Another article about minerality… It was more than 15 years ago that I first wrote a piece on this topic and I’ve been asked to do quite a number since then, as have countless other authors. There have been conferences, masterclasses and workshops devoted to minerality in wine, and still they keep on coming. So what is it about this subject that continues to fascinate?
Who knows, but maybe it’s to do with a melding of the pragmatic usefulness of the word – evocative of the much-loved link between wine and the land – with the continuing lack of consensus on what the term actually means.
That the word is attractive is clear, and not only with wine: minerality is now reported from beef, tea, watercress, maple sugar, milk, oysters, marijuana… So where are we now, with understanding the perception in some wines that we call minerality?
Recognising and reporting minerality
First, how do we sense it? It varies. In one recent study, 20% of wine professionals detected minerality in Chablis wines by taste and 16% by smell, and the remainder used both senses. Interestingly, all three groups varied markedly in their assessments of the intensity of the minerality, and they described it differently.
For instance, in the smell-only condition about two-thirds correlated minerality with gunflint and reductive aromas, and lack of fruit, while (when nose-clipped) about the same proportion related minerality to acidity and bitterness. Another investigation concluded that French tasters relied more on smell than those from New Zealand, who tended to use both nose and palate.
Other studies have noted that where both smell and taste are used the acidity of the wine is important, whereas with smell alone the particular varietal becomes more significant. So, which grapes tend to show minerality?
Investigations at Spain’s University of La Rioja of red wines made from Tempranillo, Syrah and Grenache found weak responses and inconsistent patterns; minerality is mostly associated with white wines, though there is disagreement on the particular varietals.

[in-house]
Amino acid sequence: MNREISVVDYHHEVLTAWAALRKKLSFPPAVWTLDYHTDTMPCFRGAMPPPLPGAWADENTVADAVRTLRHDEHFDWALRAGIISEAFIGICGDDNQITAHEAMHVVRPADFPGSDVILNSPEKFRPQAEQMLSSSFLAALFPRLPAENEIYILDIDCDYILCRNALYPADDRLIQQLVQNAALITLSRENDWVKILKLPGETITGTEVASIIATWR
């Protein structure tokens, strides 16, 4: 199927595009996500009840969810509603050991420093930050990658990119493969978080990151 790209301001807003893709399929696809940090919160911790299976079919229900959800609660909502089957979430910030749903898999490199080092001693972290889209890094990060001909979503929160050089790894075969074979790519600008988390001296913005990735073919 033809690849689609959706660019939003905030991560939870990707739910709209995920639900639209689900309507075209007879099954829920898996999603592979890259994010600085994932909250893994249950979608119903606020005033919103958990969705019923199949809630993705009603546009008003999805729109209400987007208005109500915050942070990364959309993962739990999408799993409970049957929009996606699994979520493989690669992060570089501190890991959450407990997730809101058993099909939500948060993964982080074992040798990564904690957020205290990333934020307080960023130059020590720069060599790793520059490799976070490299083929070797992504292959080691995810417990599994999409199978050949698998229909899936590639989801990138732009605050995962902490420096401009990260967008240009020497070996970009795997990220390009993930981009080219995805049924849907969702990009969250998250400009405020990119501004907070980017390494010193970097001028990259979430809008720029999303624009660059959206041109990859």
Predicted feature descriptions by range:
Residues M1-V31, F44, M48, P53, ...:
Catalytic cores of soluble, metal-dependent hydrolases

In a study at California’s UC Davis, Riesling, Pinot Gris and Sauvignon Blanc wines were judged to be more mineral than Chardonnay wines. (It’s worth noting that the latter included Chablis, for some the archetypical mineral wine.)
Of course, the majority of vines are grafted, and it’s actually the rootstock rather than the cultivar that interacts with the soil. I’m unaware of any study that assesses the role of rootstocks in minerality.
Sensing something you’re going to call minerality is just the start: how are you going to convey to others what you mean?
Several studies have grouped the words people use to express minerality into categories, for example acidity, tenseness and freshness; seashore-related things such as iodine, saltiness and shellfish; and stone-related sensations including wet or hot stone, flint and chalk.
In one report, winemakers distinctly preferred using terms that invoked place and soil, and they regarded minerality positively, unlike the vaguer and negative connotations indicated by some consumers.
Another illustration of the communication problem is the different word associations reported by research groups at Lincoln University in New Zealand and at California’s UC Davis. While both teams noted positive correlations between minerality and words like citrus, fresh, zingy, flinty, and smoky, the Lincoln researchers differed from those at Davis in finding no correspondence with acidity or reductive notes.
One study showed that minerality represented different things to Swiss and French wine consumers, and that the Swiss group used a markedly broader vocabulary. Another experiment showed that the vocabulary used to convey minerality depended on the level of knowledge – ranging from the most inexperienced respondents never having heard of minerality, through comparisons with bottled water (especially popular, for whatever…
Source : https://www.decanter.com/wine-news/opinion/guest-blog/minerality-in-wine-429893/